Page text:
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Visa Bulletin

Current Visa Bulletin for Employment-Based Immigrant Visas Current Visa Bulletins for Family-Sponsored Immigrant Visas Archived Visa Bulletins for Employment-Based Immigrant Visas Archived Visa Bulletins for Family-Sponsored Immigrant Visas
Update from Charlie Oppenheim What is the “Processing Time” for my Visa?

Processing time is the time it takes from when you first initiate the immigration process and receive your “priority date,” until the USCIS ultimately processes your application and issues you your green card. Processing time could be with almost no delay, or it could be a matter of many years.

What Does “Current” Mean?

If a visa category is "current," you may petition for permanent residence without delay. (Some categories are “current” for immigrants of some countries—but not for others.) Not surprisingly, visas are (meant to be) handed out in the order they are petitioned for.

What is a Priority Date?

When you begin the immigration process, you will receive a "priority date." This date represents your "place in line." (You will be in a separate line based on your nationality for your petition for permanent residence.) Your priority date can be thought of as your number ticket given out to at a deli or a DMV/BMV.

What is a Priority Date Cutoff?

Instead of calling out numbers, the DOS has moving priority-date cutoffs, which indicate the first priority date that could not be reached, given the statutory numerical limitations. In the number ticket example, everyone with a number lower than the one called would be able to receive service.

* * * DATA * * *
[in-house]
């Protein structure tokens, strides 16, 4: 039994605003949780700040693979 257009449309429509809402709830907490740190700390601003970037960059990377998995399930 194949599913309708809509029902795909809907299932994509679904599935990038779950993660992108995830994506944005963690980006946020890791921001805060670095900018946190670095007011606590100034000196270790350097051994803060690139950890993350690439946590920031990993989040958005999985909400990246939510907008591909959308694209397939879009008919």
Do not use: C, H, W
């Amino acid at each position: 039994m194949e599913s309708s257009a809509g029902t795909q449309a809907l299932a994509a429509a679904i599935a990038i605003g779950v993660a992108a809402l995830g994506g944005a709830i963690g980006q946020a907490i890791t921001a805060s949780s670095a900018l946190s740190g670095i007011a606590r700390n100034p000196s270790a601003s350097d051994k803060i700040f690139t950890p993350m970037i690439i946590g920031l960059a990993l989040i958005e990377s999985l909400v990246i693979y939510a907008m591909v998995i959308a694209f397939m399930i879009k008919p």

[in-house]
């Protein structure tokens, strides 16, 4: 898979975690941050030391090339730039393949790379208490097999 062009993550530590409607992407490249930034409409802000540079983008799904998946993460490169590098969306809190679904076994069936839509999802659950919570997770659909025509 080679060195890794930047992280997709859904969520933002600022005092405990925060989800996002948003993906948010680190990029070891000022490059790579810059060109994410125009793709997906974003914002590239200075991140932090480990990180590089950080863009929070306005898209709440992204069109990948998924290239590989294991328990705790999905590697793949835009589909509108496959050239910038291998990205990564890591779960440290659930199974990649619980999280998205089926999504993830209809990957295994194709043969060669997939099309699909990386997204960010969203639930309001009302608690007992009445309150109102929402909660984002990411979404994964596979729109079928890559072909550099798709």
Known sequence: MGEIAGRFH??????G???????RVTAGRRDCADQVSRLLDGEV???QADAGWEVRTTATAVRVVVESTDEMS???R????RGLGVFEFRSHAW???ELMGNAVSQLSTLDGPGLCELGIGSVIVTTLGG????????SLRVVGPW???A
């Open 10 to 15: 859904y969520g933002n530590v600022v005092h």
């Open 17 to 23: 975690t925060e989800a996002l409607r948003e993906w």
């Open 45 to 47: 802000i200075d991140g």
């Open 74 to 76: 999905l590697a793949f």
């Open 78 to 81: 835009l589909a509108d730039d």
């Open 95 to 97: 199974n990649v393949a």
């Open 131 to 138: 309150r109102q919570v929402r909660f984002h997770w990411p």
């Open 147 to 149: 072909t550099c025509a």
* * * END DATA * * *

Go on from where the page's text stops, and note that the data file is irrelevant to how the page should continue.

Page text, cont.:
What is the Monthly Visa Bulletin?

Each month, the U.S. Department of State (DOS) releases the Visa Bulletin, which reports the availability of employment-based and family-sponsored immigrant visas for that month.

The monthly Visa Bulletin is how the DOS declares priority date cutoffs. In a perfectly stable world, the priority date for each nationality of immigrant in each category would likely advance by one month in each Bulletin. However, the real world is far from this ideal. In fact, sometimes a priority date cutoff will retrogress further into the past. When this occurs, it is likely that some immigrants who were able to apply for permanent residence have lost this ability—and instead have to wait even longer.

Above, you will find our analysis of the current Visa Bulletin, split into family-sponsored and employment-based categories.

What is the Difference between Initial Filing Dates and Final Action Dates?

There is now a new method to reduce the amount of time you must wait for your green card, if you are already in the United States on some other status. In each category, there are now “Initial Filing dates,” in addition to the dates that were there before, which are now referred to as “Final Action dates.”

Just like the solitary dates in the old bulletin, the Final Action date represents when you will truly receive your Green Card. The Initial Filing date, on the other hand, indicates when you may begin the filing process.

If you are already within the United States, this is almost as good as a green card. You may file your I-485 petition according to the initial filing date, and when approved, you will receive your green card. While your petition is pending, you may apply for Work Authorization and entry/exit travel privileges, and you may remain in the country without other status until your petition is approved.

While these benefits are great, the Initial Filing dates are only a year and a half or so earlier on average than the Final Action dates. So if you are filing today, you may still have a long road ahead of you until your Initial Filing date. Hopefully at least, this small decrease in wait time will make things a little easier for you.

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